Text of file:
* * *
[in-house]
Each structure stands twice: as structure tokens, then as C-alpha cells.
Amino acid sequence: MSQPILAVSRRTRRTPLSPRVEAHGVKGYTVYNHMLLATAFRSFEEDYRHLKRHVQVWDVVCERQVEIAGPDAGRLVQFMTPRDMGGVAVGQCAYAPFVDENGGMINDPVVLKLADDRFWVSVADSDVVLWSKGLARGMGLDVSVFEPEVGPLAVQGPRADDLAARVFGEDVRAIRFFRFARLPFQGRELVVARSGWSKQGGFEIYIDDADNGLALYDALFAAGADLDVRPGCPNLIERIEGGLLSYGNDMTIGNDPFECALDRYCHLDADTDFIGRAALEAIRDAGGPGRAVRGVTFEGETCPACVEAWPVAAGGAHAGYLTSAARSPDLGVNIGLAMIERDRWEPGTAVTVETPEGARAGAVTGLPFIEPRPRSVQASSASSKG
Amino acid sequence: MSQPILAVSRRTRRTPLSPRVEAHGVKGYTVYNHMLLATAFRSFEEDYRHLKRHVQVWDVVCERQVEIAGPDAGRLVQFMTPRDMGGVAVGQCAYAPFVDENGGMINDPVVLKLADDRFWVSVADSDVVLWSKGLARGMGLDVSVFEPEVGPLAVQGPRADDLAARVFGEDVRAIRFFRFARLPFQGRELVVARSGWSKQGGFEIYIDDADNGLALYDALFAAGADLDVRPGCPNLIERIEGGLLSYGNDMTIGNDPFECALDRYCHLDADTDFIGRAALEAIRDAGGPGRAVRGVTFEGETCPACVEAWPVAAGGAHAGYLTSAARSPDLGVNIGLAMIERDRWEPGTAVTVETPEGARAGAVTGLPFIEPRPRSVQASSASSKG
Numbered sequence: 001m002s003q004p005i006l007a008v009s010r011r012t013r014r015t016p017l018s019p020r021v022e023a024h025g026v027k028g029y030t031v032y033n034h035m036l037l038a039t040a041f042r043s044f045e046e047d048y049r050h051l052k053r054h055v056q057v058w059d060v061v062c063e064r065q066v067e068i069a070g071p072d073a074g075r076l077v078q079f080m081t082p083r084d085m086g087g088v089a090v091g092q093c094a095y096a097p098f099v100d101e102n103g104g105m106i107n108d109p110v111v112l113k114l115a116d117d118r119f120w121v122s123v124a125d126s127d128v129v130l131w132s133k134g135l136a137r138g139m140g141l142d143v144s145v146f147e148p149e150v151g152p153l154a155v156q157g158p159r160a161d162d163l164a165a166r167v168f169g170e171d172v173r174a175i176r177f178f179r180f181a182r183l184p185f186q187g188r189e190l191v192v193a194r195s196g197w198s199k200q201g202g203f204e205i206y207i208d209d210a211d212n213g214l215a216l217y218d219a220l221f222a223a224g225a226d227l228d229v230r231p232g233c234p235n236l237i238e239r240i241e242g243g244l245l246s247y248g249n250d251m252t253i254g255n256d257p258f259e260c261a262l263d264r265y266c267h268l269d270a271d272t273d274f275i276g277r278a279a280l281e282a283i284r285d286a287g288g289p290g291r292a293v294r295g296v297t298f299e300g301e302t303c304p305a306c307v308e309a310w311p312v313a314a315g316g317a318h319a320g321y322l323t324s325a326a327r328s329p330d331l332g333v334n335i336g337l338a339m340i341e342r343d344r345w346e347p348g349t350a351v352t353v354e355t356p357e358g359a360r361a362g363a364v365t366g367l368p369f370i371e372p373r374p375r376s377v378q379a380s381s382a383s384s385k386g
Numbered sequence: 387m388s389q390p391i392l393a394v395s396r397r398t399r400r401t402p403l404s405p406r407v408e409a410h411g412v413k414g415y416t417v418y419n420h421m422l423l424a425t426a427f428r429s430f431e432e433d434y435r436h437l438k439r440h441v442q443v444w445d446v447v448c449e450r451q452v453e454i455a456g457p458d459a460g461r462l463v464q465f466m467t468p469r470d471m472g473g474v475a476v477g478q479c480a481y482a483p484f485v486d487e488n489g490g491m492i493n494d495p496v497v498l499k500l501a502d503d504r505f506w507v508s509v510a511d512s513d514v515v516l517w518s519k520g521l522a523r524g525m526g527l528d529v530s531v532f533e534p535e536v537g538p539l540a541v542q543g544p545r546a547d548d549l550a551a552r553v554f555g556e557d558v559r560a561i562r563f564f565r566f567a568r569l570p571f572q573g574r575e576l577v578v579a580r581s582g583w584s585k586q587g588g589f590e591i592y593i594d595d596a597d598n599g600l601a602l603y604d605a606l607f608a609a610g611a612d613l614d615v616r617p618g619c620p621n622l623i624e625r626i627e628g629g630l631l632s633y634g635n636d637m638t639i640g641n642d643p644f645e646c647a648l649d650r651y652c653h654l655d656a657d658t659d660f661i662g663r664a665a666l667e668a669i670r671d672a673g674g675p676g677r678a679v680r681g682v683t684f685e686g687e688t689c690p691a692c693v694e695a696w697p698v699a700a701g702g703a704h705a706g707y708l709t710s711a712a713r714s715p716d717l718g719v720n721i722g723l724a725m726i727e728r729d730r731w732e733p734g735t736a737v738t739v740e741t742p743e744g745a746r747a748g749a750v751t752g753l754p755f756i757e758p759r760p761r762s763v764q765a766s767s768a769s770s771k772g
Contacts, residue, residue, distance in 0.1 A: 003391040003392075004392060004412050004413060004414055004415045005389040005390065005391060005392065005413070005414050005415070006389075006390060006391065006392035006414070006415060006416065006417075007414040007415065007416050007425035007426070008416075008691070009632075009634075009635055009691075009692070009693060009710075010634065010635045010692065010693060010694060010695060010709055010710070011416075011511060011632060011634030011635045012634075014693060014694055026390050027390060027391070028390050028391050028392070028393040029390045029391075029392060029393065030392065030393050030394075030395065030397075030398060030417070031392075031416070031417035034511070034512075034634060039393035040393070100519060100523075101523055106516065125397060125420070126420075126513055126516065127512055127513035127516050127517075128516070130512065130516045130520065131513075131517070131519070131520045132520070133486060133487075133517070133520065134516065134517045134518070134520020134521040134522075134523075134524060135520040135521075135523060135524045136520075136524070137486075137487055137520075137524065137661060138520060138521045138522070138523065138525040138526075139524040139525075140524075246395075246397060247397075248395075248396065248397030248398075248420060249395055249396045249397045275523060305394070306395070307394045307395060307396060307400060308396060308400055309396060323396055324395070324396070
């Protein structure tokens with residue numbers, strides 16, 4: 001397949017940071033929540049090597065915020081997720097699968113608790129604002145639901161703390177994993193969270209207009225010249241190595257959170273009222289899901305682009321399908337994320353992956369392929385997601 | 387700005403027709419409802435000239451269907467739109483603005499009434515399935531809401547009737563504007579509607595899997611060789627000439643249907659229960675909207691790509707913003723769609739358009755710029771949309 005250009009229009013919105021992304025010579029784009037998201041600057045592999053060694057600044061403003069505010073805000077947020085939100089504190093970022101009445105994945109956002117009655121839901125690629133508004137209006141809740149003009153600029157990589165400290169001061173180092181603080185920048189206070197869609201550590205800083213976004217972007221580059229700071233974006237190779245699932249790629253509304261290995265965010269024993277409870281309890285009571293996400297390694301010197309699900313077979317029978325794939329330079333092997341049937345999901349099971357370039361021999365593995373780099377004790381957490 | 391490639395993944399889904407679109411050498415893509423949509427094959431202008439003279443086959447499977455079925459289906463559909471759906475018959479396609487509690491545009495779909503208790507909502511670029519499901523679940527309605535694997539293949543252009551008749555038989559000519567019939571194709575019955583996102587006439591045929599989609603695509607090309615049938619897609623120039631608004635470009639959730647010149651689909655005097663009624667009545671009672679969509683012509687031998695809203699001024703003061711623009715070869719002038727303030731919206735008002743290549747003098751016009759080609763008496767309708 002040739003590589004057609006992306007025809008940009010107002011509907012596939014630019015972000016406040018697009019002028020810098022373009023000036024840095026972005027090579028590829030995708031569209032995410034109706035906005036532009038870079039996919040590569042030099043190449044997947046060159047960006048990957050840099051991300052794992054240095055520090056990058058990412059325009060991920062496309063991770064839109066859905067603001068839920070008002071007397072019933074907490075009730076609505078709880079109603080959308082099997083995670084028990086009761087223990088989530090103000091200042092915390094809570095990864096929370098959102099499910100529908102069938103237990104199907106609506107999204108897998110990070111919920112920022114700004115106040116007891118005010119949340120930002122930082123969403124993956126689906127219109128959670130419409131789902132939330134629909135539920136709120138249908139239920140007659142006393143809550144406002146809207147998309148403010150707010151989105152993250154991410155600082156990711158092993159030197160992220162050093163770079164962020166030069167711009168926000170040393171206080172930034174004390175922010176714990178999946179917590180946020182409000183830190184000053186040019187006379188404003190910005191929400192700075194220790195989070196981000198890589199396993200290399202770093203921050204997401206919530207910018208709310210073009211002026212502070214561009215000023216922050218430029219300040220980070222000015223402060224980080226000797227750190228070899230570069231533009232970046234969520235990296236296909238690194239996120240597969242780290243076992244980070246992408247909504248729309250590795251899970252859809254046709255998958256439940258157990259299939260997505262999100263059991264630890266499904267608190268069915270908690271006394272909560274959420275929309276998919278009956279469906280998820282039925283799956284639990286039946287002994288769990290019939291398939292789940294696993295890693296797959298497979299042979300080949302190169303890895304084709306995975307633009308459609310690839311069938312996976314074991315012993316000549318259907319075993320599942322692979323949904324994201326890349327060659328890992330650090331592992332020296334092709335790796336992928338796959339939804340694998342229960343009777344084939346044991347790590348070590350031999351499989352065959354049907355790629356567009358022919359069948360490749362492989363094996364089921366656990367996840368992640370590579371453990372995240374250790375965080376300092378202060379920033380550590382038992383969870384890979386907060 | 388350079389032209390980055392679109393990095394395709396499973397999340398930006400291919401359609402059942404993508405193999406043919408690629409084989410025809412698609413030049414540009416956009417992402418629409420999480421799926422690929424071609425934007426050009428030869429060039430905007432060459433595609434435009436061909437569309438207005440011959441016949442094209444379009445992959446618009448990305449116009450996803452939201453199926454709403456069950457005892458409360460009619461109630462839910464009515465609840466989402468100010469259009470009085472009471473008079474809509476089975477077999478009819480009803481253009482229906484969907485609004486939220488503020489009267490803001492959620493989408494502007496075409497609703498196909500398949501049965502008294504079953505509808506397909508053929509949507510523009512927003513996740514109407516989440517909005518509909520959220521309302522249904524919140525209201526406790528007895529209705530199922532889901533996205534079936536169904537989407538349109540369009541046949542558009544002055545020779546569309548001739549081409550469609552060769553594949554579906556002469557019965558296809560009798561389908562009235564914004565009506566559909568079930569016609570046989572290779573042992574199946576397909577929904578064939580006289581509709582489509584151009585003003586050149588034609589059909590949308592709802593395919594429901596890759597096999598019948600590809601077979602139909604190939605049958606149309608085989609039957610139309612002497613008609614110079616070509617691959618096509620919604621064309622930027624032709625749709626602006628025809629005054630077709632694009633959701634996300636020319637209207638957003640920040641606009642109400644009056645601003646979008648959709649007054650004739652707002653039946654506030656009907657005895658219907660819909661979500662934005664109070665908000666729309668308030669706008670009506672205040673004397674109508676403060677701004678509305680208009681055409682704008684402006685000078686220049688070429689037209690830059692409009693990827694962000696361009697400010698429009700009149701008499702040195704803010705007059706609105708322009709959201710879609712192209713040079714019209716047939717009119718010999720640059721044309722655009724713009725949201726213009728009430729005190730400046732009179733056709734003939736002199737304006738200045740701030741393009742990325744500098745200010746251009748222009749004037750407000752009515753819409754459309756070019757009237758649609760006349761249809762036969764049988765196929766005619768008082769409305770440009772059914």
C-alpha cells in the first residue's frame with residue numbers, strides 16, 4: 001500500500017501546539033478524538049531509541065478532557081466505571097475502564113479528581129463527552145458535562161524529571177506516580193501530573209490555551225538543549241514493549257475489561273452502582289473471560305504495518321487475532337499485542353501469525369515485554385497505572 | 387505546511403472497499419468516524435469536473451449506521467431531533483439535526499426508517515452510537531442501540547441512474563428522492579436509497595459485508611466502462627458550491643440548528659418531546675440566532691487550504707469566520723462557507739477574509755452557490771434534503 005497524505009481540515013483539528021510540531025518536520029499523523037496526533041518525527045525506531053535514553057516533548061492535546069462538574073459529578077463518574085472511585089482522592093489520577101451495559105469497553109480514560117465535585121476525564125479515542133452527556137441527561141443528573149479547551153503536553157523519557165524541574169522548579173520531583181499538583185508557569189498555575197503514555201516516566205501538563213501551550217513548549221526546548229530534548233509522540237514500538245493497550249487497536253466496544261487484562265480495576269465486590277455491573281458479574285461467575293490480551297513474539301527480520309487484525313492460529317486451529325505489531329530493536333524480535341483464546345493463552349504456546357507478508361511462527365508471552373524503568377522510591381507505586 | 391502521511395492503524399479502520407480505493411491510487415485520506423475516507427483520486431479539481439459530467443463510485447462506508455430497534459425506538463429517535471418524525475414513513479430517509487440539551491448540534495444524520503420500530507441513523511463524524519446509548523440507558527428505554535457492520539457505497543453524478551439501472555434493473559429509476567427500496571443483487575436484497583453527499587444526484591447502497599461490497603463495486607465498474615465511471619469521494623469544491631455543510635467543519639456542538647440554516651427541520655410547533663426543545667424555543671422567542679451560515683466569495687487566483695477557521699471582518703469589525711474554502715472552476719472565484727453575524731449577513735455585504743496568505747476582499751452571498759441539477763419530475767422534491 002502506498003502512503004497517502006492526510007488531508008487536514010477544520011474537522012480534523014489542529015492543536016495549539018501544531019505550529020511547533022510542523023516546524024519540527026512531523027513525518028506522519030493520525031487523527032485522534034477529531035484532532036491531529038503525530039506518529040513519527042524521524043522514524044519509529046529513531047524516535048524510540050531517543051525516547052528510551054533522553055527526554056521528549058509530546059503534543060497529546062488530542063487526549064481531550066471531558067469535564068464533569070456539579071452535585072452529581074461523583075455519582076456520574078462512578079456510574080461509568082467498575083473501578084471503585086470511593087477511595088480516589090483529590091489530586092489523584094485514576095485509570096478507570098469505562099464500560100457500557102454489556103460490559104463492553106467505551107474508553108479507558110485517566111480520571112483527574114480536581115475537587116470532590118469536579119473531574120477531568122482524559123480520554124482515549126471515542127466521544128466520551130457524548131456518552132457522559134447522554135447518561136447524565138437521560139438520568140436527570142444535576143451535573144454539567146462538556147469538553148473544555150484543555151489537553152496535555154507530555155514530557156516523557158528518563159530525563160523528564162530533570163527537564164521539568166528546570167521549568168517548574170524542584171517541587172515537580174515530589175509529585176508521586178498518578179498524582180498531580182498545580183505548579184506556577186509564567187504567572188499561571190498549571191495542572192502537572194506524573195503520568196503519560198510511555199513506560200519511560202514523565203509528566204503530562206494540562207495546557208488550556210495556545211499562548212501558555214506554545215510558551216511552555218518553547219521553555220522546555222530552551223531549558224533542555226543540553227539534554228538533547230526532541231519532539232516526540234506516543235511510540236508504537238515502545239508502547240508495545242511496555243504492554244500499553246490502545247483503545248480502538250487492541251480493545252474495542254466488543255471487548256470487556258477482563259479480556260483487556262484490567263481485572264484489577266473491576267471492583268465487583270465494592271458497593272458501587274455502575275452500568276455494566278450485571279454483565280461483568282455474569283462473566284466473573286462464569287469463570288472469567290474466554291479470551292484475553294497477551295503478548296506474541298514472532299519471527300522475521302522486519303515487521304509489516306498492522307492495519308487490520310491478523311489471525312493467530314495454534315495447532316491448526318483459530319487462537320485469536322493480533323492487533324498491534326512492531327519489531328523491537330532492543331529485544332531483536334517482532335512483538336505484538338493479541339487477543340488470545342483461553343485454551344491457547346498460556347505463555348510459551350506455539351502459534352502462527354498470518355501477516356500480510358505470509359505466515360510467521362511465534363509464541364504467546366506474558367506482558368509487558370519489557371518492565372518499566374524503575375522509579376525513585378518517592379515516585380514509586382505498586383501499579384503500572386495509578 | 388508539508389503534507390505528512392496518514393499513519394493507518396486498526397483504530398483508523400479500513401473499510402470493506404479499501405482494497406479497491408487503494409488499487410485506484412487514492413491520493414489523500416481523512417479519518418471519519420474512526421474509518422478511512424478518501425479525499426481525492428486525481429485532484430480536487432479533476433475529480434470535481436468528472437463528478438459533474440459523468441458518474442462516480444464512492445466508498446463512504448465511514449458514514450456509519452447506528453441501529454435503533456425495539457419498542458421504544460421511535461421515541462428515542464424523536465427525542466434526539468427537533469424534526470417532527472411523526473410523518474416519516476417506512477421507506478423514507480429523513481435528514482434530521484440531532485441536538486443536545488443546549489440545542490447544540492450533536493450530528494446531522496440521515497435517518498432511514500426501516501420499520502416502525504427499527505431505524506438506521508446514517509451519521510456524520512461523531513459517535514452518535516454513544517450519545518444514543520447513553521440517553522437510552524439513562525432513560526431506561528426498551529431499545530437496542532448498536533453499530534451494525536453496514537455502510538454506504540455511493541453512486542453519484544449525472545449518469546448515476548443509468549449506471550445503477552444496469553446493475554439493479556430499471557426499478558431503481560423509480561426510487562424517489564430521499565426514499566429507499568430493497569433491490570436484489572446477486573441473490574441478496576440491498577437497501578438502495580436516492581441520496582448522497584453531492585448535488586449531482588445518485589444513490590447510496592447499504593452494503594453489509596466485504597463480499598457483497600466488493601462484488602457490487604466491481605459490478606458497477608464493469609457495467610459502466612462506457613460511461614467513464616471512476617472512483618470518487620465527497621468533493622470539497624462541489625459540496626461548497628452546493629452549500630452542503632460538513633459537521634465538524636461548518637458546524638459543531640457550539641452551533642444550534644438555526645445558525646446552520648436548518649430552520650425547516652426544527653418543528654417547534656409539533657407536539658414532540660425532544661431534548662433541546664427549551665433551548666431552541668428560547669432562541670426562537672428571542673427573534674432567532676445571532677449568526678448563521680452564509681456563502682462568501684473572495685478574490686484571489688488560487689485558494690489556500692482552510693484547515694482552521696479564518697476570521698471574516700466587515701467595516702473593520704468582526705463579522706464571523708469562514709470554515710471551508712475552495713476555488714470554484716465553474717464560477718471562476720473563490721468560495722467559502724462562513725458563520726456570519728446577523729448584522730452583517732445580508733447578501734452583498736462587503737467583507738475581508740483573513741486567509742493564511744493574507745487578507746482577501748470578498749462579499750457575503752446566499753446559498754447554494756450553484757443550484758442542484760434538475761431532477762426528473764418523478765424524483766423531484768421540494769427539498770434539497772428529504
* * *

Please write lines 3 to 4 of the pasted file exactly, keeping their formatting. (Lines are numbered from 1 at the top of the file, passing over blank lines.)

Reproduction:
Amino acid sequence: MSQPILAVSRRTRRTPLSPRVEAHGVKGYTVYNHMLLATAFRSFEEDYRHLKRHVQVWDVVCERQVEIAGPDAGRLVQFMTPRDMGGVAVGQCAYAPFVDENGGMINDPVVLKLADDRFWVSVADSDVVLWSKGLARGMGLDVSVFEPEVGPLAVQGPRADDLAARVFGEDVRAIRFFRFARLPFQGRELVVARSGWSKQGGFEIYIDDADNGLALYDALFAAGADLDVRPGCPNLIERIEGGLLSYGNDMTIGNDPFECALDRYCHLDADTDFIGRAALEAIRDAGGPGRAVRGVTFEGETCPACVEAWPVAAGGAHAGYLTSAARSPDLGVNIGLAMIERDRWEPGTAVTVETPEGARAGAVTGLPFIEPRPRSVQASSASSKG
Amino acid sequence: MSQPILAVSRRTRRTPLSPRVEAHGVKGYTVYNHMLLATAFRSFEEDYRHLKRHVQVWDVVCERQVEIAGPDAGRLVQFMTPRDMGGVAVGQCAYAPFVDENGGMINDPVVLKLADDRFWVSVADSDVVLWSKGLARGMGLDVSVFEPEVGPLAVQGPRADDLAARVFGEDVRAIRFFRFARLPFQGRELVVARSGWSKQGGFEIYIDDADNGLALYDALFAAGADLDVRPGCPNLIERIEGGLLSYGNDMTIGNDPFECALDRYCHLDADTDFIGRAALEAIRDAGGPGRAVRGVTFEGETCPACVEAWPVAAGGAHAGYLTSAARSPDLGVNIGLAMIERDRWEPGTAVTVETPEGARAGAVTGLPFIEPRPRSVQASSASSKG